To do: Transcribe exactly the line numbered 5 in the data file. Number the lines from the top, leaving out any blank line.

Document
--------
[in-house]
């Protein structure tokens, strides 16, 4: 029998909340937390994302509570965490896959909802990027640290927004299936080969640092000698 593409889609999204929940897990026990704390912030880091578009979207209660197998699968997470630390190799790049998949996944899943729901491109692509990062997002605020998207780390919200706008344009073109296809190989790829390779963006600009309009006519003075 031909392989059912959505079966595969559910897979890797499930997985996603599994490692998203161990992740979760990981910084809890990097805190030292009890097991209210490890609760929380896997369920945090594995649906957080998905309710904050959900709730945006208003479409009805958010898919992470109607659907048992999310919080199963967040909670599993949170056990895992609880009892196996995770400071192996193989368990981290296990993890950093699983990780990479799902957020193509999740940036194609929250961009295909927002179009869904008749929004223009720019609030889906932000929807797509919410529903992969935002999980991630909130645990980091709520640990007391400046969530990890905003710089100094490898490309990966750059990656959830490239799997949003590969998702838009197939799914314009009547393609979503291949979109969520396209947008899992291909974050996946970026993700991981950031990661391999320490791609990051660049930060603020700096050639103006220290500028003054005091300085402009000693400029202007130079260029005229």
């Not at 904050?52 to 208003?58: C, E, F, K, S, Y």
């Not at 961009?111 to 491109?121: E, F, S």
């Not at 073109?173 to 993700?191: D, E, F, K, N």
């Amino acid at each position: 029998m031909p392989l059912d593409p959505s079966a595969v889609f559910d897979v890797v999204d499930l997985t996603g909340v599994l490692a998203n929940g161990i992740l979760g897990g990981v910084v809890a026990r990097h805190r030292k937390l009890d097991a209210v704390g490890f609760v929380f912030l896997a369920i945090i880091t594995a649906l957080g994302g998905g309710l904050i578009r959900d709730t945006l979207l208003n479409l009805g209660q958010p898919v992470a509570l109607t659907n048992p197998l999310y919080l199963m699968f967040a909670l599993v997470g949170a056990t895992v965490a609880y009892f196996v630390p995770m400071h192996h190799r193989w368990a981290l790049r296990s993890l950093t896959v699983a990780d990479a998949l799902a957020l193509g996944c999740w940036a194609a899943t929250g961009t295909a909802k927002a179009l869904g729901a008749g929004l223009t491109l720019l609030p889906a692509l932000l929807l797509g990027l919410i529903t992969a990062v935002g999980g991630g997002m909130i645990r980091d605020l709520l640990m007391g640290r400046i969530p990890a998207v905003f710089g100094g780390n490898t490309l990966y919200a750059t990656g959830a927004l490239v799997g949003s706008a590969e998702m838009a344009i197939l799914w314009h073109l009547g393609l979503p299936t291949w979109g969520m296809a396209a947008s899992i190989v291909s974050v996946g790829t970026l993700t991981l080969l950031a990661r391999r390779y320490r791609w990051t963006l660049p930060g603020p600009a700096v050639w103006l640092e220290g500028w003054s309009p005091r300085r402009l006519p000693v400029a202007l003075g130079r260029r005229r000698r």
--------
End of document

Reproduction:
């Not at 073109?173 to 993700?191: D, E, F, K, N």